Armavir is a historical area which lies between Mount Aragats and Mount Ararat within Ararat Valley. It is the smallest marz, or province, even though it has a rather dense population. The valleys in Armavir are the most fertile, hence the majority of the population work in agriculture and live in the surrounding villages.
The only river running through Armavir is fed by the Kasagh River, Lake Aikhr, and local springs. The area has many ancient ruins, the most interesting of them all being those in Argishtikhinili, a city from the lost kingdom of Urartu. Along the bank of the Araks River, stood the ancient city of Armavir, an economic and cultural hub in its day. Further down, one finds the ruins of Yervandashat, an important city which was, in fact, the last capital city of the Yervandid dynasty.
[caption id="attachment_2882" align="alignleft" width="300"] A view of Mount Ararat from Zvartnots Cathedral[/caption]
The "pride of Armavir marz" is the Armenian Apostolic Church, Echmiadzin. It is one of the main interests where tourists visit St. Echmiadzin temple, Zvartnots Cathedral, and Metsamor Castle.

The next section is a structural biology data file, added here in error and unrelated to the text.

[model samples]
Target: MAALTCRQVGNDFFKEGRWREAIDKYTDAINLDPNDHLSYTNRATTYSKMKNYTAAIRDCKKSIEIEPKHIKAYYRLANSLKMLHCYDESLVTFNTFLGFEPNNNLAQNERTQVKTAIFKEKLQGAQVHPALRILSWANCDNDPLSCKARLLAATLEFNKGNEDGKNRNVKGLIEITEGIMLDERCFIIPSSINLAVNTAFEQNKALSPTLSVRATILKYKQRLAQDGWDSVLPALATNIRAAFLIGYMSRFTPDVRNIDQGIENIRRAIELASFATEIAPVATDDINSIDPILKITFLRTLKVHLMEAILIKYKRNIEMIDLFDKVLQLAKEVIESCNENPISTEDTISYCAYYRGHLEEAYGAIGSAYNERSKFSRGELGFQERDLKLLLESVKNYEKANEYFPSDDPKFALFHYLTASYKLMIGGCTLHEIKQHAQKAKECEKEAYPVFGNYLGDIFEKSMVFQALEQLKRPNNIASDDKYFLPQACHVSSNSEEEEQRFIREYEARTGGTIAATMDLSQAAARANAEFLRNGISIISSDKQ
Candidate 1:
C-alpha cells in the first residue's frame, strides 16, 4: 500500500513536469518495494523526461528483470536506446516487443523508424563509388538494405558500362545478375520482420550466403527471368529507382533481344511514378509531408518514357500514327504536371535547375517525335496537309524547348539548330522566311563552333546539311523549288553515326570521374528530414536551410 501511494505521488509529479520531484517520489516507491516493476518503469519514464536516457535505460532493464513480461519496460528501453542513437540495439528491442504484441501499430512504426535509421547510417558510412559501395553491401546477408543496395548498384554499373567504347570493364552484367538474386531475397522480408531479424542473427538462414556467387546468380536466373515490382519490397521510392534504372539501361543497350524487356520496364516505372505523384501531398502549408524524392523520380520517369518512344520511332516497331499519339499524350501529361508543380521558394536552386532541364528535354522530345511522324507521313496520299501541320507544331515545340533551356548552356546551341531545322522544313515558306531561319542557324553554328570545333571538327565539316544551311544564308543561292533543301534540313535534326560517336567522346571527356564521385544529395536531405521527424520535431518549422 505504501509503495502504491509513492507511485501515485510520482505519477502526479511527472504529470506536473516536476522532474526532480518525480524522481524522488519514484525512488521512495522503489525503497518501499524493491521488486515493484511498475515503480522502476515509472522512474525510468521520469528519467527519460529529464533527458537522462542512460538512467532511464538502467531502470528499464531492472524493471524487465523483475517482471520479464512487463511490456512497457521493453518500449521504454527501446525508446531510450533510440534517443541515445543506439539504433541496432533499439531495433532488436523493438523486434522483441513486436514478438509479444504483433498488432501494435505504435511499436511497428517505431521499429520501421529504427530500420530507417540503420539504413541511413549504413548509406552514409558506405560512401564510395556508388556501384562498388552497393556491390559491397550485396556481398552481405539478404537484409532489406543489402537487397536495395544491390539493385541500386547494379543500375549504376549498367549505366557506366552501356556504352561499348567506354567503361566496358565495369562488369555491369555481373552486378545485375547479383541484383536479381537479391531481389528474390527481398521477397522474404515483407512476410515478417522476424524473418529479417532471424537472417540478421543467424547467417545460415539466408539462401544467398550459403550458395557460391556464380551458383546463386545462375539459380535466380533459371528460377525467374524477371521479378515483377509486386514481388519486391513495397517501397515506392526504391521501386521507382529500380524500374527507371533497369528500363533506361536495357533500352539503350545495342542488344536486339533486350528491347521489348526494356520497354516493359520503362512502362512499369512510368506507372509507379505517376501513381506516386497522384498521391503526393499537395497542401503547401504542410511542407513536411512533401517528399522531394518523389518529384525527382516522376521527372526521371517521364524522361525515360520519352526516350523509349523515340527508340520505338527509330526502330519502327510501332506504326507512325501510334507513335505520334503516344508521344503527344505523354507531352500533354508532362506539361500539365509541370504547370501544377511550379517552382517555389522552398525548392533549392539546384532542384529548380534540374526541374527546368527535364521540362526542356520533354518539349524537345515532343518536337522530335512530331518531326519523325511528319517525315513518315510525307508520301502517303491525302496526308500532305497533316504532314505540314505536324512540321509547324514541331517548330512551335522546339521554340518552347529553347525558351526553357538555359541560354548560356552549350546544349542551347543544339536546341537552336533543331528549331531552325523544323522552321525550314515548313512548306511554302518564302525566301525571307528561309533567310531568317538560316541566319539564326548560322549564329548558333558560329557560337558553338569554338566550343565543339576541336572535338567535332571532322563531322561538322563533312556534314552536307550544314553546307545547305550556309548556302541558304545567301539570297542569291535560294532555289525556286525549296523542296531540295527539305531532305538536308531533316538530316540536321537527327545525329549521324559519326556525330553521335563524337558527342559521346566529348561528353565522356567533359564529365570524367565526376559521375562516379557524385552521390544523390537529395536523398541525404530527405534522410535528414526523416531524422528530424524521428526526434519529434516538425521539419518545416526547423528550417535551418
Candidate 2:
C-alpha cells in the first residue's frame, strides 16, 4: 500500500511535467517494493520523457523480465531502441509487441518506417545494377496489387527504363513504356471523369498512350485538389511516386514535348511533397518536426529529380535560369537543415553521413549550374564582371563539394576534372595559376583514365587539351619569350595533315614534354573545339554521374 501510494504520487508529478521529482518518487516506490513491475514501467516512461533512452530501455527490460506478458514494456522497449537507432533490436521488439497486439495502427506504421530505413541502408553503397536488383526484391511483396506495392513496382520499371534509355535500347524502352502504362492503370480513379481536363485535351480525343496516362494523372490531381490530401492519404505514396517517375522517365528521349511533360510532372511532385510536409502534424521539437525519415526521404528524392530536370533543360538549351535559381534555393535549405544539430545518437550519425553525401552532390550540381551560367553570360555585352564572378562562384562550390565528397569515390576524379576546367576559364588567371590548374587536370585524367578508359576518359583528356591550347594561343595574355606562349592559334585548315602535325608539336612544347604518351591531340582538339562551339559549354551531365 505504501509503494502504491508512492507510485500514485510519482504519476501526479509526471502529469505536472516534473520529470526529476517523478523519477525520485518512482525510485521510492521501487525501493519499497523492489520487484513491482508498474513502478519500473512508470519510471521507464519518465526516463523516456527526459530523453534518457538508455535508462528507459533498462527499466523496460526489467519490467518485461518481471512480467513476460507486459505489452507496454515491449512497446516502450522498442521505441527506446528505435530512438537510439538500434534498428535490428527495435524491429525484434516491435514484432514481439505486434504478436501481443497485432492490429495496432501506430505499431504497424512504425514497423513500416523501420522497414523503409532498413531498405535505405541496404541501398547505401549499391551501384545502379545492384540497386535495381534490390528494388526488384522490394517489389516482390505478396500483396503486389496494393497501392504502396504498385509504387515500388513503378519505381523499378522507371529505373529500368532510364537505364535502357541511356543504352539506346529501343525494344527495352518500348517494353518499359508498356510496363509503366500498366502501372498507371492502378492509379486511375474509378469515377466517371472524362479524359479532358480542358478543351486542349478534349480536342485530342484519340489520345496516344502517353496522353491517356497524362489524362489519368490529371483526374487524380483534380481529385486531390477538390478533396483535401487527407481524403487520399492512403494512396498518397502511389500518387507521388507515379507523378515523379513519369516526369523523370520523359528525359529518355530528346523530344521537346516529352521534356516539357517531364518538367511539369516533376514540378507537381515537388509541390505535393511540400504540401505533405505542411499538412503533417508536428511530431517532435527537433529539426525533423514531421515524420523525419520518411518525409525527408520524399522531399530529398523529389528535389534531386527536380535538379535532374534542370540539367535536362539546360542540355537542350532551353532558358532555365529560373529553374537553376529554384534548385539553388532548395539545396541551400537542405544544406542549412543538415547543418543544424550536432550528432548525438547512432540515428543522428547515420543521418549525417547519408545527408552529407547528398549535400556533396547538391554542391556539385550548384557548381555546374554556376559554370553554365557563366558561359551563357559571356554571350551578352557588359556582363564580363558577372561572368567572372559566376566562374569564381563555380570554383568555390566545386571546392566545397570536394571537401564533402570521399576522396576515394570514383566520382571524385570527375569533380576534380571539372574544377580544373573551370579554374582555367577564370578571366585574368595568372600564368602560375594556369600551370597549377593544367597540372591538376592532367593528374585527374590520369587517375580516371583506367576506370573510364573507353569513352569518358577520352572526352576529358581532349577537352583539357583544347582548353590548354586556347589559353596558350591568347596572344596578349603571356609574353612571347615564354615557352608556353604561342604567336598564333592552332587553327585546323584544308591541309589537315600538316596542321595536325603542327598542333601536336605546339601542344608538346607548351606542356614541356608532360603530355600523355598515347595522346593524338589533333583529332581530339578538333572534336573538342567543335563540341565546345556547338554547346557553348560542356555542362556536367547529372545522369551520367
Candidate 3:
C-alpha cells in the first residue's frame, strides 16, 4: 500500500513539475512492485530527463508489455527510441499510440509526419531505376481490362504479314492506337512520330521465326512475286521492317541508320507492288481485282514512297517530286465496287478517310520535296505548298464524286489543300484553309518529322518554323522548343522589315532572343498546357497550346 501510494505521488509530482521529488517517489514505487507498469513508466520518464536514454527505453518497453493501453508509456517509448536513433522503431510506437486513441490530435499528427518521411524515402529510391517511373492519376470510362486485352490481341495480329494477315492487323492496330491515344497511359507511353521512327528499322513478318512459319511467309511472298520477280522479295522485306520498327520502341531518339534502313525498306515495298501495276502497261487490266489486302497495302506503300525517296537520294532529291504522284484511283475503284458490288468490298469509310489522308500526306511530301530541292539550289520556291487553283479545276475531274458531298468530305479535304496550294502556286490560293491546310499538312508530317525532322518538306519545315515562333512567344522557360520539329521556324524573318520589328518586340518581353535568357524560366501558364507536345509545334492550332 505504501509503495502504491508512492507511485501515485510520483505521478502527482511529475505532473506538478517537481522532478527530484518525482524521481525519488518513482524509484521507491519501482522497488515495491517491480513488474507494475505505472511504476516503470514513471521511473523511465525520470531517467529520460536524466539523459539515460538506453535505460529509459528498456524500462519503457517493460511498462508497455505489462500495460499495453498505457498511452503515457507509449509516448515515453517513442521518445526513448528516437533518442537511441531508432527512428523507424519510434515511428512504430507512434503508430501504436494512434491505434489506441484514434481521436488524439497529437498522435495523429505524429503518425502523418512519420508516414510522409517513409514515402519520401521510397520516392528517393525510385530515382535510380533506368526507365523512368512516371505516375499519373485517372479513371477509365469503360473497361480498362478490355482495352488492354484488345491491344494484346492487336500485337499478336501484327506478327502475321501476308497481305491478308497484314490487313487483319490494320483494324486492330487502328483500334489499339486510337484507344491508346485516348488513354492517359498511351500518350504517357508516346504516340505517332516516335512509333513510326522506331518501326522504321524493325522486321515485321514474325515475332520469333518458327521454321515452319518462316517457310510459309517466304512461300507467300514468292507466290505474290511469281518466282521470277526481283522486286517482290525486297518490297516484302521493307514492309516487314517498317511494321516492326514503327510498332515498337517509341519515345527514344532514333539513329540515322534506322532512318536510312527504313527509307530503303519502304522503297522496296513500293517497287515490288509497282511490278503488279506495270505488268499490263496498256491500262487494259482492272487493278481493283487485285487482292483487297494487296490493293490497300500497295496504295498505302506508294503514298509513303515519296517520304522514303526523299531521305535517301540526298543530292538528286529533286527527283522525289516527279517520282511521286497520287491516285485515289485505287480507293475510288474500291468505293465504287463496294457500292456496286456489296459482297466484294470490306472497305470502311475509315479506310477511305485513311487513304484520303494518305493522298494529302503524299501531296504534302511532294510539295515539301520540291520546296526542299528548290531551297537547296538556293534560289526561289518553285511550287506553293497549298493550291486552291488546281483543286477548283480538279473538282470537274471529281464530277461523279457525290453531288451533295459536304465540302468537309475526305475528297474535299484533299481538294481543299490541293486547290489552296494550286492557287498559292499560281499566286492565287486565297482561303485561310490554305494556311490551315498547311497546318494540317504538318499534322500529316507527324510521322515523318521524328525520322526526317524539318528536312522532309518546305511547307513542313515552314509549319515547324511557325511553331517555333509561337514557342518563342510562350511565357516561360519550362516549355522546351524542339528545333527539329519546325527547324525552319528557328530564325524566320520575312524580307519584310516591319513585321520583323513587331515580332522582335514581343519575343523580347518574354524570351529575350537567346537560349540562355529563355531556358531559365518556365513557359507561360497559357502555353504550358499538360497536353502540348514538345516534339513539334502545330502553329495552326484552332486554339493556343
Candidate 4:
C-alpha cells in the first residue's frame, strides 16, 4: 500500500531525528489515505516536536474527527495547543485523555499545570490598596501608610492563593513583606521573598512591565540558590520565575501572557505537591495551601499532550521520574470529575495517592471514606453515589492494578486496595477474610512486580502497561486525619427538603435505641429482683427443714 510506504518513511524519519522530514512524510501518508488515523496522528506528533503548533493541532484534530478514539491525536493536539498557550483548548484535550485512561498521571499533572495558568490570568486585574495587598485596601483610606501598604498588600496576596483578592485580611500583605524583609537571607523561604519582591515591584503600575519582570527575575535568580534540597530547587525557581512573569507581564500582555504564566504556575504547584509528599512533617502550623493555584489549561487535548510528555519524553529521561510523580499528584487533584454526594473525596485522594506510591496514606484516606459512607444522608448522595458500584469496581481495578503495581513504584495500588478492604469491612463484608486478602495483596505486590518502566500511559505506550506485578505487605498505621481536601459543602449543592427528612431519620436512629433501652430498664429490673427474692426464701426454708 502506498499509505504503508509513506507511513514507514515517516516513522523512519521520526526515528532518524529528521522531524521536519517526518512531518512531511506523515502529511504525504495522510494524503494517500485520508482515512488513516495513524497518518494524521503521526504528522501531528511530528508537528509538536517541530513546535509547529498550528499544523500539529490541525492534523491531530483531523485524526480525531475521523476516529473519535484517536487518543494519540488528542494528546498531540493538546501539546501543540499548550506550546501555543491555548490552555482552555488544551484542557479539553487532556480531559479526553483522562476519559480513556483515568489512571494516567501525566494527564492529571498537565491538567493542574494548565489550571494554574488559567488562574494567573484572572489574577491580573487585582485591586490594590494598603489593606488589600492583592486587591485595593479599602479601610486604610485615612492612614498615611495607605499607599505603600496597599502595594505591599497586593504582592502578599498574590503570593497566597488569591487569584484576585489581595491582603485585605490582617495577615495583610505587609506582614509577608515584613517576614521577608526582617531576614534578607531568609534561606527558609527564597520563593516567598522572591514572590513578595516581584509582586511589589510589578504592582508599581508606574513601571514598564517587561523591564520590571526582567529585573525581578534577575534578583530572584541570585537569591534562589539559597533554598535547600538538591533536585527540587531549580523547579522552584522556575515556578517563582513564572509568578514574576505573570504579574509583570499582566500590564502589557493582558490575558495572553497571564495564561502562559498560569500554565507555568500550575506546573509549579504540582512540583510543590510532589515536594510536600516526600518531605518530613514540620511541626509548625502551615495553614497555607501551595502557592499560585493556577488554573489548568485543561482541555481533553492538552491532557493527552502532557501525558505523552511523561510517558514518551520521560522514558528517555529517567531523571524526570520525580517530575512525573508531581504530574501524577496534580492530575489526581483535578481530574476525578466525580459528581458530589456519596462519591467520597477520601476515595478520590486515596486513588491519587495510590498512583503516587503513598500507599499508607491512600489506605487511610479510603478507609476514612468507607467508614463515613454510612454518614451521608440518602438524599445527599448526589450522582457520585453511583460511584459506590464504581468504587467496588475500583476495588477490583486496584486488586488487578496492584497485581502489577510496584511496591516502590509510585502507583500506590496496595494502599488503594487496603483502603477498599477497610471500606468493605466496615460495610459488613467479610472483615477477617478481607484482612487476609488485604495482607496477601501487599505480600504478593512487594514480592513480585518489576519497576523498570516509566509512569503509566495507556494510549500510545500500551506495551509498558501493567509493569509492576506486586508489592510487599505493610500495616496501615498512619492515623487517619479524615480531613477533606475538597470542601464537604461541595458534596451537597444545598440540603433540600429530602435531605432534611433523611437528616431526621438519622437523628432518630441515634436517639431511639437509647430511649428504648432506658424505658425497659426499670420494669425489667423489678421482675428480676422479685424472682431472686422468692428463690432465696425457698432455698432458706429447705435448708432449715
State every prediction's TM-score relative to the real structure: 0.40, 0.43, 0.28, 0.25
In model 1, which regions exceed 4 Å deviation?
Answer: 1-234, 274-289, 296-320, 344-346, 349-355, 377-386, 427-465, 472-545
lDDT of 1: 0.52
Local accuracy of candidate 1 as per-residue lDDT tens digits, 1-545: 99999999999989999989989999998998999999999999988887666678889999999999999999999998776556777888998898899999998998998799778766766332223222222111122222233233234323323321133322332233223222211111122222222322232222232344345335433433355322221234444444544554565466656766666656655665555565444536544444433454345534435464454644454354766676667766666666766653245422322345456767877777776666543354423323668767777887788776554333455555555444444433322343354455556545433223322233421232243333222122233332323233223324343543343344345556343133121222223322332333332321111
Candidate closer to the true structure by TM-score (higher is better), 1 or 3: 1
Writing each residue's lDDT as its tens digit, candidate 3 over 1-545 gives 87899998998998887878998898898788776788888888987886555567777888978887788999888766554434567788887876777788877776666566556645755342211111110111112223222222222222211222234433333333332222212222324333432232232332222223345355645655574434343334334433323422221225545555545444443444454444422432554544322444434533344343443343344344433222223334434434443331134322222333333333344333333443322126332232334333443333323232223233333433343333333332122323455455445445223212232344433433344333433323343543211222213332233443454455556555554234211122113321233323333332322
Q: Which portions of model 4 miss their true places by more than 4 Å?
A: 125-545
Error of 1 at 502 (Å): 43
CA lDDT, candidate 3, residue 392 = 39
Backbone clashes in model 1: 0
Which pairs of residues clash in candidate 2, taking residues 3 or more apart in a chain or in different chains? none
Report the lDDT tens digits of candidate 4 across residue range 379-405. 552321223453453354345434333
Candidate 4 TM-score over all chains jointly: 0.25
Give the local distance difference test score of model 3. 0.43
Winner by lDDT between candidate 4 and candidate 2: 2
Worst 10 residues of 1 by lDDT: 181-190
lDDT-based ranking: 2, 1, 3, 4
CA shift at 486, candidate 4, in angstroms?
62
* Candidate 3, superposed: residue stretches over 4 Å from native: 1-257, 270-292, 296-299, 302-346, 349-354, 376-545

Ancient Armavir was founded on the site of Argishtikhinili. The Airarat Kingdom eventually became independent, only to be conquered by the Selevkids. The kingdom was annexed and became a new state, Great Armenia with its capital, Artashat. Armavir soon lost its significance, but life still existed for some time after that.
[caption id="attachment_2883" align="alignright" width="300"] Standing stones at the ruins of Metsamor Castle[/caption]
In the area surrounding Armavir are two stones which bear historical and literary Greek inscriptions from the Hellenistic era. The architecture was well developed, as seen in the ruins of Cyclopean fortresses, ancient burial places and palatial structures which still stand today. The ruins of ancient Armavir are situated near the present capital of the marz.
The ruins of ancient Armavir are fairly close to present day Armavir. Modern Armavir is still a young city but is developing at a fast rate. It was named in honor of the ancient capital which was once the center of the ancient Armenian Airarat kingdom during the Yervandid dynasty. Armavir city is only forty-six kilometers west of Tehran. Tourists can easily hop on one of the trains which run between Yerevan and Armavir on a daily basis to view the ancient ruins.